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Title: Light Regimes Shape Utilization of Extracellular Organic C and N in a Cyanobacterial Biofilm

Abstract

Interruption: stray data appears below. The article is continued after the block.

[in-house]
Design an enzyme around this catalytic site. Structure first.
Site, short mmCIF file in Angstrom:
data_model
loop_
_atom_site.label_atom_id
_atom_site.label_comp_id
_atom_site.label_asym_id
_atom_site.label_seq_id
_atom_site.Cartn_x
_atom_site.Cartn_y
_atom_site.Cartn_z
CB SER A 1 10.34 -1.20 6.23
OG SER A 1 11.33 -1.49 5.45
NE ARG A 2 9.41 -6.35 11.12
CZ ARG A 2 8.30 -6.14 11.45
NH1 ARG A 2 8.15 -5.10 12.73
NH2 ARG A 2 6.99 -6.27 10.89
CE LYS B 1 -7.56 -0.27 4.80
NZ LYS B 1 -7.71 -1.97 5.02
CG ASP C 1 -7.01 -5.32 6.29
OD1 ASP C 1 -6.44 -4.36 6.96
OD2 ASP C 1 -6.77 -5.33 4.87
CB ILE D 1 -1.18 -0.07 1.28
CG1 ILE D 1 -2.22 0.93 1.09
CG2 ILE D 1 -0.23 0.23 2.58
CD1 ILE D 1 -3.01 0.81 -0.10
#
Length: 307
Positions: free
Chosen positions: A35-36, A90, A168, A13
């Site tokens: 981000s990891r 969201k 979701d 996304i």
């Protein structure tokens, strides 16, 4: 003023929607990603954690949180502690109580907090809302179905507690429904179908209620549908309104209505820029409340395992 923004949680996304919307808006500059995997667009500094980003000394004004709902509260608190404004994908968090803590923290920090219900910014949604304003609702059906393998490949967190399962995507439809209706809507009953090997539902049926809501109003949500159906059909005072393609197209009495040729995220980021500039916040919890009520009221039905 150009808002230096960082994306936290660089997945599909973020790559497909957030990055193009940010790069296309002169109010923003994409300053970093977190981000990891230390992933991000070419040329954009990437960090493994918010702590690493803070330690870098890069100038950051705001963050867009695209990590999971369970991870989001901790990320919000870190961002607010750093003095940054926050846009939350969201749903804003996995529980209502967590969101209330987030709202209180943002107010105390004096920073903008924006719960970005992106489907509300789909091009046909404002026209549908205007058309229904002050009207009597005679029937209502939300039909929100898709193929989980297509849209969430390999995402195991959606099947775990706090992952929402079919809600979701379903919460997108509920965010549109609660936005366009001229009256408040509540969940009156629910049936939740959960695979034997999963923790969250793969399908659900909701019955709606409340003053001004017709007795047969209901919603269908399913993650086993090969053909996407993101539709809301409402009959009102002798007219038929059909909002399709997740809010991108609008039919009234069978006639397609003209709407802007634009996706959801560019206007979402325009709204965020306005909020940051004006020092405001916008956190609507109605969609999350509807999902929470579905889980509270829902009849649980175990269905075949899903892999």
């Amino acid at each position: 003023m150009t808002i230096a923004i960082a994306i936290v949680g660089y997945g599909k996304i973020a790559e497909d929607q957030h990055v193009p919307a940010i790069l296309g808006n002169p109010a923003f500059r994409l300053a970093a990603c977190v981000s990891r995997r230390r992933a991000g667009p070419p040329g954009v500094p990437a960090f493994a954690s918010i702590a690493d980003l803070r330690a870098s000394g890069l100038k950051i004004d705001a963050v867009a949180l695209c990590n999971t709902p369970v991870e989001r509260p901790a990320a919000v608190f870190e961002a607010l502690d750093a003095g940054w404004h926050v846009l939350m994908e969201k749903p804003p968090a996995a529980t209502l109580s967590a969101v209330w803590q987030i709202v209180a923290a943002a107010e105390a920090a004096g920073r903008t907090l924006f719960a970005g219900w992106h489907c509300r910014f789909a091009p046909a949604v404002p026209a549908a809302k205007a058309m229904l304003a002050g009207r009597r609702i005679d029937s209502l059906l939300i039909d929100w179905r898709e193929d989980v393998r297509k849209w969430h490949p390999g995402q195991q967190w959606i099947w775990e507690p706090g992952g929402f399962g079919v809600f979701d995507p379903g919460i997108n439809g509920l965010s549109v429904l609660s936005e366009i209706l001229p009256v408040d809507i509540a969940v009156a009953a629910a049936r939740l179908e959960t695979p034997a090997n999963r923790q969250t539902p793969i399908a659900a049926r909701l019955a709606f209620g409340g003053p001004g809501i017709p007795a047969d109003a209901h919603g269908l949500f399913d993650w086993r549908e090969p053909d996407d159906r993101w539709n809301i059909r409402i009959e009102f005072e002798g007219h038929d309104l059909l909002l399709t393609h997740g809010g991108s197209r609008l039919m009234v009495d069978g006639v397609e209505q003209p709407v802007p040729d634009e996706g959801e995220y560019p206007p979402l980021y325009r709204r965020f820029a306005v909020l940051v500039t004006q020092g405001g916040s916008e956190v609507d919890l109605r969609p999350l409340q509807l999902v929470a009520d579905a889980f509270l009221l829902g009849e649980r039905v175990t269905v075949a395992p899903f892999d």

Although it is becoming clear that many microbial primary producers can also play a role as organic consumers, we know very little about the metabolic regulation of photoautotroph organic matter consumption. Cyanobacteria in phototrophic biofilms can reuse extracellular organic carbon, but the metabolic drivers of extracellular processes are surprisingly complex. We investigated the metabolic foundations of organic matter reuse by comparing exoproteome composition and incorporation of 13C-labeled and 15N-labeled cyanobacterial extracellular organic matter (EOM) in a unicyanobacterial biofilm incubated using different light regimes. In the light and the dark, cyanobacterial direct organic C assimilation accounted for 32% and 43%, respectively, of all organic C assimilation in the community. Under photosynthesis conditions, we measured increased excretion of extracellular polymeric substances (EPS) and proteins involved in micronutrient transport, suggesting that requirements for micronutrients may drive EOM assimilation during daylight hours. This interpretation was supported by photosynthesis inhibition experiments, in which cyanobacteria incorporated N-rich EOM-derived material. In contrast, under dark, C-starved conditions, cyanobacteria incorporated C-rich EOM-derived organic matter, decreased excretion of EPS, and showed an increased abundance of degradative exoproteins, demonstrating the use of the extracellular domain for C storage. Sequence-structure modeling of one of these exoproteins predicted a specific hydrolytic activity thatmore » was subsequently detected, confirming increased EOM degradation in the dark. Associated heterotrophic bacteria increased in abundance and upregulated transport proteins under dark relative to light conditions. Taken together, our results indicate that biofilm cyanobacteria are successful competitors for organic C and N and that cyanobacterial nutrient and energy requirements control the use of EOM. IMPORTANCECyanobacteria are globally distributed primary producers, and the fate of their fixed C influences microbial biogeochemical cycling. This fate is complicated by cyanobacterial degradation and assimilation of organic matter, but because cyanobacteria are assumed to be poor competitors for organic matter consumption, regulation of this process is not well tested. In mats and biofilms, this is especially relevant because cyanobacteria produce an extensive organic extracellular matrix, providing the community with a rich source of nutrients. Light is a well-known regulator of cyanobacterial metabolism, so we characterized the effects of light availability on the incorporation of organic matter. Using stable isotope tracing at the single-cell level, we quantified photoautotroph assimilation under different metabolic conditions and integrated the results with proteomics to elucidate metabolic status. We found that cyanobacteria effectively compete for organic matter in the light and the dark and that nutrient requirements and community interactions contribute to cycling of extracellular organic matter.« less